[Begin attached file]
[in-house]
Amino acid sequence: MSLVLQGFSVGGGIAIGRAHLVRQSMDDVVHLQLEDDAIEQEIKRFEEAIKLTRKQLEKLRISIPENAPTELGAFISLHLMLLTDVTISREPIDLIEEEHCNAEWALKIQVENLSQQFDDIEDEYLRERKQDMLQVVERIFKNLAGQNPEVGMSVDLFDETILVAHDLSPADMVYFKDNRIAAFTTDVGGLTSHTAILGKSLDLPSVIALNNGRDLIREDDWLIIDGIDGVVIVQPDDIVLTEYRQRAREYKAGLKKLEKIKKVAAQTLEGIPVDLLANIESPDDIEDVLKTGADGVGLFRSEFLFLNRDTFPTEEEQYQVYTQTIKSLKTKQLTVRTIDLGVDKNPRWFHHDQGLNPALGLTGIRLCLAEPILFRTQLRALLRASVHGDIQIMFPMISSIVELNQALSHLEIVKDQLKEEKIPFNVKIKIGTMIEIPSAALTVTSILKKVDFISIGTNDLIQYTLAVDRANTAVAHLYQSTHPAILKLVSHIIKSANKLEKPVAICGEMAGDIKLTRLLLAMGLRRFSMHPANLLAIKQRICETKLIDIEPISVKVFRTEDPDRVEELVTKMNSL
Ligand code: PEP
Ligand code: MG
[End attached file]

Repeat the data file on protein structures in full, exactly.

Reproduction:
[in-house]
Amino acid sequence: MSLVLQGFSVGGGIAIGRAHLVRQSMDDVVHLQLEDDAIEQEIKRFEEAIKLTRKQLEKLRISIPENAPTELGAFISLHLMLLTDVTISREPIDLIEEEHCNAEWALKIQVENLSQQFDDIEDEYLRERKQDMLQVVERIFKNLAGQNPEVGMSVDLFDETILVAHDLSPADMVYFKDNRIAAFTTDVGGLTSHTAILGKSLDLPSVIALNNGRDLIREDDWLIIDGIDGVVIVQPDDIVLTEYRQRAREYKAGLKKLEKIKKVAAQTLEGIPVDLLANIESPDDIEDVLKTGADGVGLFRSEFLFLNRDTFPTEEEQYQVYTQTIKSLKTKQLTVRTIDLGVDKNPRWFHHDQGLNPALGLTGIRLCLAEPILFRTQLRALLRASVHGDIQIMFPMISSIVELNQALSHLEIVKDQLKEEKIPFNVKIKIGTMIEIPSAALTVTSILKKVDFISIGTNDLIQYTLAVDRANTAVAHLYQSTHPAILKLVSHIIKSANKLEKPVAICGEMAGDIKLTRLLLAMGLRRFSMHPANLLAIKQRICETKLIDIEPISVKVFRTEDPDRVEELVTKMNSL
Ligand code: PEP
Ligand code: MG